I would also think tin birdhouses that were not for decorative purposes only would be much too hot for actual birds to nest in.""
Please please don't re-use empty cans for any reason. Nearly all cans nowadays have a toxic plastic material called Bisphenol A (BPA) inside them to keep the metal can from affecting the taste of the food. Unfortunately the BPA is the same as has been used to make baby bottles and many other hard plastic water bottles.
BPA has been linked to breast cancer and early puberty in women and when they tested very low doses on mice and rats they found the same plus diabetes, enlarged prostate and prostate cells prone to cancerous changes among the many health problems it can cause. The food that is in these cans is also contaminated by the BPA. Google BPA or check out Wikipedia's BPA page and it will make you not want to eat anything in cans anymore, period.
Of course the chemical companies all say that the fears are unjustified just because a few rats and mice get sick doesn't mean anything. Sound like Big Tobacco some 20-30 years ago, huh? When the can is heated by the sun it could release up to 50 times more BPA than normally released into the area inside the can. I'm sure a baby bird (not to mention the momma bird) is at least as sensitive as a rat or a mouse and wouldn't want to be responsible for harming any creature with our chemical waste more than is already being done in our dump sites and polluted waterways.
My husband is on social security and unable to work. He has taken up bird watching, and would like to know an inexpensive way to build bird houses, not necessarily of wood.
I don't know of any other way to build a bird house that would withstand the weather if it's not constructed out of wood.
To save money on building materials look for scrap wood along side of the road that people throw out along with their garbage. You might be able to get FREE scraps from lumber yards. Maybe others will post more ideas.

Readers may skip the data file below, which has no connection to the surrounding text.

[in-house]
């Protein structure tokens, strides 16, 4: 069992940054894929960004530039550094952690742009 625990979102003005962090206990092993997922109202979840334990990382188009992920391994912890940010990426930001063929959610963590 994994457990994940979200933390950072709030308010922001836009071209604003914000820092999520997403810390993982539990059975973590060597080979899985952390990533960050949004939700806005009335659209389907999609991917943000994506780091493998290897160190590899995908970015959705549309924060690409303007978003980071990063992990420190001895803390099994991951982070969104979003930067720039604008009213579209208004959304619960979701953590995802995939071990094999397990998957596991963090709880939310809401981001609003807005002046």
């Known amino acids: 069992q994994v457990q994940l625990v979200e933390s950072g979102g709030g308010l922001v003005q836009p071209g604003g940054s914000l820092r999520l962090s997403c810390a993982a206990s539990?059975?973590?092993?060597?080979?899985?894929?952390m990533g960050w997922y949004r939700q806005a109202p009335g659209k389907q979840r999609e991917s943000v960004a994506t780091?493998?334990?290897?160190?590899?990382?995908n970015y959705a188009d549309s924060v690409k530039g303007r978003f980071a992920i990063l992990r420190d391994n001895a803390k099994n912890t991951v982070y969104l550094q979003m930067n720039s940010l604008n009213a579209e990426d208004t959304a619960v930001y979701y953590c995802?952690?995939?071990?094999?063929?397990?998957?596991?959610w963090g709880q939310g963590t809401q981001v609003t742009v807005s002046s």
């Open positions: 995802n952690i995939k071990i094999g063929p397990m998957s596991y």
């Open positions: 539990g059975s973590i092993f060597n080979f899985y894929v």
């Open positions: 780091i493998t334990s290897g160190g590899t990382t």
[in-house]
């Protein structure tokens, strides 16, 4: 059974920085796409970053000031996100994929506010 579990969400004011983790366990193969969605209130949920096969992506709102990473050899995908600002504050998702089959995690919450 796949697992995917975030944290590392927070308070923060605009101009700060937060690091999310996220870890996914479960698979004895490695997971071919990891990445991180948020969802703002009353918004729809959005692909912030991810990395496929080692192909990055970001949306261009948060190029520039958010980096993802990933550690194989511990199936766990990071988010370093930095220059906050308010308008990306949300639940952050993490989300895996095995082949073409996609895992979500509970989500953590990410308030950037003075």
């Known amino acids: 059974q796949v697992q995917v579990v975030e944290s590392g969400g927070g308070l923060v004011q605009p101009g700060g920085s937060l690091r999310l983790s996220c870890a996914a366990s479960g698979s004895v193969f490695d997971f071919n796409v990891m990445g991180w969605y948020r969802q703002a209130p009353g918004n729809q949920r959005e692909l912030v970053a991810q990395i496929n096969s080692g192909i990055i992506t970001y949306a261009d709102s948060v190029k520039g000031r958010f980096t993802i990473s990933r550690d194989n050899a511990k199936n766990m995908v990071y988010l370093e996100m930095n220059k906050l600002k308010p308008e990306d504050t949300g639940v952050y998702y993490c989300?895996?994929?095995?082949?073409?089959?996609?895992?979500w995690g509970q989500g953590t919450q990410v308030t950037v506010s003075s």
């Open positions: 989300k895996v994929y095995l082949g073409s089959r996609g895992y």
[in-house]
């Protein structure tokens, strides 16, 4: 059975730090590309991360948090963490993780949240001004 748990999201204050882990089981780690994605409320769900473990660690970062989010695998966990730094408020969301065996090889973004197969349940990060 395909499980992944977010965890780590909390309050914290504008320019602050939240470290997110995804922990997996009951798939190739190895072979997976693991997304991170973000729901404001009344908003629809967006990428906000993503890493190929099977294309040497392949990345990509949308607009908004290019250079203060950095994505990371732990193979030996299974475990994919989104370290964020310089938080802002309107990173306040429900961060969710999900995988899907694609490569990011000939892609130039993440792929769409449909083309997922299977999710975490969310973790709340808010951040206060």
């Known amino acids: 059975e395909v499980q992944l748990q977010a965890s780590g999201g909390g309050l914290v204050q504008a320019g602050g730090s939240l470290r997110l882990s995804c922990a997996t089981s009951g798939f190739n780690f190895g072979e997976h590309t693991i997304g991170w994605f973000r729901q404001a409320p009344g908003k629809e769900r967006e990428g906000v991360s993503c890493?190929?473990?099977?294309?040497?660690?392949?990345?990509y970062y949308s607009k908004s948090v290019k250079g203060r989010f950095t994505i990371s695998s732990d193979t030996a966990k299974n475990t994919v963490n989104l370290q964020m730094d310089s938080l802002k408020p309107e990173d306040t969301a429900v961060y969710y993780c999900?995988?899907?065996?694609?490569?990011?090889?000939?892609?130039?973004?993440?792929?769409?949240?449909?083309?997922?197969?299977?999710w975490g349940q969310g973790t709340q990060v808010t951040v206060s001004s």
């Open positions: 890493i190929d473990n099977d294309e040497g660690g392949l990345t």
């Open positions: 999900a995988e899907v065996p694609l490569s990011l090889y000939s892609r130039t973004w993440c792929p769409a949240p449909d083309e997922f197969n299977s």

When you see construction being done, a building, house, or anything where wood is used just stop by and load up scraps. Always ask first but this saves the builder from paying someone to haul it away.
You can pretty much turn anything into a birdhouse, as long as it has drainage holes, a hole for them to enter and can be hung or fastened to a wall. I have seen cowboy boots, an old purse, a teapot hung from its bottom so it was on its side with the cover tilted over the top opening and glued, plastic containers (milk jugs, juice bottles, takeout containers) embellished and then painted (I've seen a trailer made from a takeout container), dried gourds, coffee cans (shade), PVC pipe ... the list goes on. Some good tips to remember when choosing materials:
* Does it contain toxic material that could harm the birds (like pressure treated wood with arsenic or something you can't clean out well enough)?
* Will the material deteriorate quickly (like a cardboard)?
* Does it have sharp edges?
* Will it get too hot inside (like cans which should only be used in the shade)?
* Once together, will you be able to clean it out?
This is an idea for a gift or a Christmas, or all year decoration. It is a good way to recycle those latte containers. Rinse out the cup and lid, and turn upside down to dry or gently dry with a paper towel, use a safe knife to cut out a round hole in the middle of the cup, like a birdhouse.